Twitter mistakenly verifies fake accounts

The social media company then permanently suspended the accounts and removed their blue badges.

Queenie Wong Former Senior Writer
Queenie Wong was a senior writer for CNET News, focusing on social media companies including Facebook's parent company Meta, Twitter and TikTok. Before joining CNET, she worked for The Mercury News in San Jose and the Statesman Journal in Salem, Oregon. A native of Southern California, she took her first journalism class in middle school.
Expertise I've been writing about social media since 2015 but have previously covered politics, crime and education. I also have a degree in studio art. Credentials
  • 2022 Eddie award for consumer analysis
Queenie Wong
Twitter Verification Badge

Twitter rolled out a new process for verification in May. 

Sarah Tew/CNET

Twitter said Monday it mistakenly verified a "small number" of fake accounts before permanently suspending the users and removing their blue badges for violating its rules against spam and platform manipulation. 

The error has raised concerns about the company's new application process for verifying notable, authentic and active accounts because the blue badge is meant to help people determine if an account is trustworthy. 

Since Twitter rolled out the new application process in May, the company has been flooded with verification requests. Some users have complained their accounts aren't getting verified even though they believe they meet the requirements. Last week, the company said it would provide more details in emails about why an account didn't get verified.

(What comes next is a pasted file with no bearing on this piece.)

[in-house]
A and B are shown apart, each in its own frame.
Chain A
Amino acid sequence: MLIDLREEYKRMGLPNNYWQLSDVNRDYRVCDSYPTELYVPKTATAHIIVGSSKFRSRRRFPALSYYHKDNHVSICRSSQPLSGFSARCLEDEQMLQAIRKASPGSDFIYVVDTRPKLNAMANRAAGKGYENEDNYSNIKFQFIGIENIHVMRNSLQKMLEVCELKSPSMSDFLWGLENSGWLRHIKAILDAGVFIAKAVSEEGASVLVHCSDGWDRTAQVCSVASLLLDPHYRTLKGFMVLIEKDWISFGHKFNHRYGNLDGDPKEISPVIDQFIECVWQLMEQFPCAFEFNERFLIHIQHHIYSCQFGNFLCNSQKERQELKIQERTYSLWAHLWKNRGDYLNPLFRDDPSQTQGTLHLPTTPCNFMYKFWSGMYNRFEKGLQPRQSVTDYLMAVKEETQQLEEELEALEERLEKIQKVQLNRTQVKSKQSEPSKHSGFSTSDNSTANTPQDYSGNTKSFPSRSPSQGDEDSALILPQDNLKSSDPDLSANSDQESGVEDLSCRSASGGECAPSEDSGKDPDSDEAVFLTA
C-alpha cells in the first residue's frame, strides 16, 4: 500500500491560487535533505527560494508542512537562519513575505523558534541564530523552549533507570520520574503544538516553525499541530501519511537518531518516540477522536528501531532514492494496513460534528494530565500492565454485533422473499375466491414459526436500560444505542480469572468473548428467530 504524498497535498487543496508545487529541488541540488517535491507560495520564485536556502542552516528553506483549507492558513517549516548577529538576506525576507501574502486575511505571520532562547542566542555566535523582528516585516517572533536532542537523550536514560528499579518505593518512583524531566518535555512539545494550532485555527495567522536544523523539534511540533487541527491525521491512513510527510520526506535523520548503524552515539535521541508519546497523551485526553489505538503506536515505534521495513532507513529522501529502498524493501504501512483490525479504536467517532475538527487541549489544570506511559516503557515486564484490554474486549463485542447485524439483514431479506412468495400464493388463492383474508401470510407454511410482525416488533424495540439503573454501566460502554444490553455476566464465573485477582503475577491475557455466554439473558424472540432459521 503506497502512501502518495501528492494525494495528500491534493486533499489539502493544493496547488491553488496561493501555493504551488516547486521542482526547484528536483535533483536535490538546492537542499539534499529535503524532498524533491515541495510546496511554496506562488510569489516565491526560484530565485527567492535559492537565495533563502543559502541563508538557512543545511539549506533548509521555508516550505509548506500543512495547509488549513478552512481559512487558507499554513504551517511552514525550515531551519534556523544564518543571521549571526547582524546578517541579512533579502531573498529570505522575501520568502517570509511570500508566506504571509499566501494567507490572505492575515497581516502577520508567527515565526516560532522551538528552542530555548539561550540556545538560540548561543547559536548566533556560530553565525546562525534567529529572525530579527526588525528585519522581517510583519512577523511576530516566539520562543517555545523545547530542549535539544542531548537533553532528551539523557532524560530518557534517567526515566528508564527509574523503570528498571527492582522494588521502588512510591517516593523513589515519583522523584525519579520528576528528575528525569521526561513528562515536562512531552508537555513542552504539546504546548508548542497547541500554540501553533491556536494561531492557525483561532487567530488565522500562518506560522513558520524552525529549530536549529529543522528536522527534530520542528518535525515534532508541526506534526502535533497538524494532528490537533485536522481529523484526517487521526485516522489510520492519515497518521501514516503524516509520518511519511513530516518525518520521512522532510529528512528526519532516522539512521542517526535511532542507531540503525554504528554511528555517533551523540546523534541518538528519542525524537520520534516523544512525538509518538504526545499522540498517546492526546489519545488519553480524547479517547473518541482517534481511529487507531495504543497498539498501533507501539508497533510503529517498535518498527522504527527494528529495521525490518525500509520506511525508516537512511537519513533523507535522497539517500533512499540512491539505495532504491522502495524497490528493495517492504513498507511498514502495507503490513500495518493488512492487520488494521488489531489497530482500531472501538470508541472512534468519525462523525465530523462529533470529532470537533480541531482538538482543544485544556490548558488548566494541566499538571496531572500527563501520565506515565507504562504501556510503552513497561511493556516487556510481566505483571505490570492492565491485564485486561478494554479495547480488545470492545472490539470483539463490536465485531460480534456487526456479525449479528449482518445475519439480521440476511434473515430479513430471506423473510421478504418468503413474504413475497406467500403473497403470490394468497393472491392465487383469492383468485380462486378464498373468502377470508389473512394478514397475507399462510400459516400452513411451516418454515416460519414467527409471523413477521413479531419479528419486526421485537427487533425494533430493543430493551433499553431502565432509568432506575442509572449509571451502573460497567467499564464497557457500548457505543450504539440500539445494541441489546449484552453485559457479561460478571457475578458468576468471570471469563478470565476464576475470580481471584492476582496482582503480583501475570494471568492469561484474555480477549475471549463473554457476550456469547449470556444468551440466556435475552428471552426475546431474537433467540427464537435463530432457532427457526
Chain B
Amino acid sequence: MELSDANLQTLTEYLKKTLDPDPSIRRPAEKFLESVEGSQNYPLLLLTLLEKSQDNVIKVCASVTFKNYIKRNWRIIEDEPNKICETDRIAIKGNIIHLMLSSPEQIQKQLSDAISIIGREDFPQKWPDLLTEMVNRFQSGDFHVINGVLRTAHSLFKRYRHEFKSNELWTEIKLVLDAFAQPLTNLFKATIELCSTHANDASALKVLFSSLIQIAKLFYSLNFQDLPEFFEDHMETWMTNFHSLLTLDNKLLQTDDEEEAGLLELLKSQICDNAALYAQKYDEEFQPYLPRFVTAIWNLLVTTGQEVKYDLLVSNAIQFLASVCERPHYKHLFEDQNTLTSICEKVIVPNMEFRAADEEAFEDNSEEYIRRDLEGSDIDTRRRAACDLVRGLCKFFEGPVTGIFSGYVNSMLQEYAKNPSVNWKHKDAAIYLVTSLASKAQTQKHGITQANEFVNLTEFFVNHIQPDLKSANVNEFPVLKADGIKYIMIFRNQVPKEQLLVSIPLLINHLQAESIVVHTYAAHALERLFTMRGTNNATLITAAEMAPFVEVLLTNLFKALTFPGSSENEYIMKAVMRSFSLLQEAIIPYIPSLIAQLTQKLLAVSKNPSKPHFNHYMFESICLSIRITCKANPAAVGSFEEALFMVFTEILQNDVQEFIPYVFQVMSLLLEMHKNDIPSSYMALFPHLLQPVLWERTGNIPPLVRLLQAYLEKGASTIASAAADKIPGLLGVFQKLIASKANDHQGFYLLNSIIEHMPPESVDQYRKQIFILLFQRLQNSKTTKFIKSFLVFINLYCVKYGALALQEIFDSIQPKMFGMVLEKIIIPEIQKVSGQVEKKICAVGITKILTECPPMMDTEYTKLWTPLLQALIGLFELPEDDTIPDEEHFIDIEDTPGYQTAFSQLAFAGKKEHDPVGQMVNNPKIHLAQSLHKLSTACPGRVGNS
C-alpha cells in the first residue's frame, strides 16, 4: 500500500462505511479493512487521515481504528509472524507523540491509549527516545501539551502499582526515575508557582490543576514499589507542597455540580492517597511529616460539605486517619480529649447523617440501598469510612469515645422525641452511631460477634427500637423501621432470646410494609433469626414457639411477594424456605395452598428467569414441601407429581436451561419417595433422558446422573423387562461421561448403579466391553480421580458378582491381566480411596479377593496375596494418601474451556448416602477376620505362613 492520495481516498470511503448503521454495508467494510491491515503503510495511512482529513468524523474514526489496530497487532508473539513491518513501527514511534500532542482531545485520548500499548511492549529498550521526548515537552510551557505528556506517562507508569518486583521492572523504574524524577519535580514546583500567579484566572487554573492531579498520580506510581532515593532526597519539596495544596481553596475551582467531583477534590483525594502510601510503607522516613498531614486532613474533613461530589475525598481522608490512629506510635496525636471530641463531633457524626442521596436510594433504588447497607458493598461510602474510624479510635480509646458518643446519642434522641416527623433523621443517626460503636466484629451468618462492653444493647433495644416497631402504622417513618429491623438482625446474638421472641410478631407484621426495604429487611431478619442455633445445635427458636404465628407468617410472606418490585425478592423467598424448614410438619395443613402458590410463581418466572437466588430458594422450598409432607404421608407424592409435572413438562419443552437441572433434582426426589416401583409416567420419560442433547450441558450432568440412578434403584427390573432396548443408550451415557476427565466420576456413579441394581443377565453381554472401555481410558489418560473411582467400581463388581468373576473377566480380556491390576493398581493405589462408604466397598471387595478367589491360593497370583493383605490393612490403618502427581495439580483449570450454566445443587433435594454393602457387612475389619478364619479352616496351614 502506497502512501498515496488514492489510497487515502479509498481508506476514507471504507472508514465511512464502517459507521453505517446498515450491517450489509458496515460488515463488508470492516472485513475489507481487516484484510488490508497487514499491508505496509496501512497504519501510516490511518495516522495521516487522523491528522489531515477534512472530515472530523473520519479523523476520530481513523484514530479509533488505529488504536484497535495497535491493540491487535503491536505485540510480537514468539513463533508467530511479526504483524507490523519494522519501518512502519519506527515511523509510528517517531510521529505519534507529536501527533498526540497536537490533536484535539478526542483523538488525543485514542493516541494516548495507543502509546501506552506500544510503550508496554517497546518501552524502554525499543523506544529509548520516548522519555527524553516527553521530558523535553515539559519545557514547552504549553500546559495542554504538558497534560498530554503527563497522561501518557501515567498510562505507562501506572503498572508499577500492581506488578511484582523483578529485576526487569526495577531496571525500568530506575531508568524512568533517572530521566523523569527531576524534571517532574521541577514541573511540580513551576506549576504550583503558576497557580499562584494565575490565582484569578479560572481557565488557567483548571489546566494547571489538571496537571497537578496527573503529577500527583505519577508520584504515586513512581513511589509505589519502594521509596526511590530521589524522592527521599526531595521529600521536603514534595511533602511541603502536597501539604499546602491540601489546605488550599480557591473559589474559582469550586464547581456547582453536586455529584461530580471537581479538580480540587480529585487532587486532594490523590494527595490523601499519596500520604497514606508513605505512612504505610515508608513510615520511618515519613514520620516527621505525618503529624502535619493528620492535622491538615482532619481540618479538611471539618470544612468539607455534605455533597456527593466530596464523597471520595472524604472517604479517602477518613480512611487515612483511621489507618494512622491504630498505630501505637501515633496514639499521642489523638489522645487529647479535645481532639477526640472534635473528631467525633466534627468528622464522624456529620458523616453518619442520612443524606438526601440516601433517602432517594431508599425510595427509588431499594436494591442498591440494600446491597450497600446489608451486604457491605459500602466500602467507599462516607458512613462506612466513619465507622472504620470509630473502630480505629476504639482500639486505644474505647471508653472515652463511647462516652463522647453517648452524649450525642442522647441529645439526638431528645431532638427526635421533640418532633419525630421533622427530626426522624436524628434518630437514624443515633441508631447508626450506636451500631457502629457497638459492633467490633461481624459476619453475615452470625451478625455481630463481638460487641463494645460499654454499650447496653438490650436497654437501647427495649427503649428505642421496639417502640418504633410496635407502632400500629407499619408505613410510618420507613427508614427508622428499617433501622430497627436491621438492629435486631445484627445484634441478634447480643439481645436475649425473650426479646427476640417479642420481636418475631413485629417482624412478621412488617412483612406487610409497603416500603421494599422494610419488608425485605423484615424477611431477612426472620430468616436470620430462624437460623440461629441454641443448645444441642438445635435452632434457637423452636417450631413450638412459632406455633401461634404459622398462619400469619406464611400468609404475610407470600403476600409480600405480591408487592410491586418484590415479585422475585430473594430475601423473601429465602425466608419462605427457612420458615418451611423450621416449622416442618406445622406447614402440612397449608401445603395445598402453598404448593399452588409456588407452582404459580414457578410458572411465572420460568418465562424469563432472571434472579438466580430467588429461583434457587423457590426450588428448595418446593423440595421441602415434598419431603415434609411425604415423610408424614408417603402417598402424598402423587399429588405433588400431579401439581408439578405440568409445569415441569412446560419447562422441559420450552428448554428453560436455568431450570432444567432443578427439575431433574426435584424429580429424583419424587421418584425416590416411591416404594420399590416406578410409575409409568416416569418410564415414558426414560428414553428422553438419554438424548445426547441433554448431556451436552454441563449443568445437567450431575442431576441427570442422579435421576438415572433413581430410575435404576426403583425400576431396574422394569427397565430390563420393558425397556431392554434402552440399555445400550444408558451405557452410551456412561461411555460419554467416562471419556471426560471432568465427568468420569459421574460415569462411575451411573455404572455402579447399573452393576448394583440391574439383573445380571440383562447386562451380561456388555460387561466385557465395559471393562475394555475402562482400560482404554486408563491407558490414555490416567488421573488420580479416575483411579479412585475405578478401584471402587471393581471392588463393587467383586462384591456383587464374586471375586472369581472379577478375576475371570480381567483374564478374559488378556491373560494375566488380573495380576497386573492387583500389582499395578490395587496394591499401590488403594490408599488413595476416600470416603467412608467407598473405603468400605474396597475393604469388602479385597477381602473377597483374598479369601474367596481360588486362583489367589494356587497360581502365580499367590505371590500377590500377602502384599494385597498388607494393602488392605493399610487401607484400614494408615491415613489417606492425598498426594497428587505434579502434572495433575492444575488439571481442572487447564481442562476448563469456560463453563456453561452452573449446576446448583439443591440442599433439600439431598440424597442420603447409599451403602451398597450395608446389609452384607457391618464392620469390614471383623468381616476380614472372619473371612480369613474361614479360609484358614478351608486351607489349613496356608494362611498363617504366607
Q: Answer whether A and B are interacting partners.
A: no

On Sunday, data scientist Conspirador Norteño tweeted that six Turkish accounts created on June 16 that mostly had the same followers received the coveted blue badges. Two of the accounts appeared to have been using stolen photos.

Twitter attributed the mistake to a gap in training and procedures that the company says it's trying to improve. The social network didn't provide anymore details about how the error happened. The company said there's a team dedicated to reviewing these applications.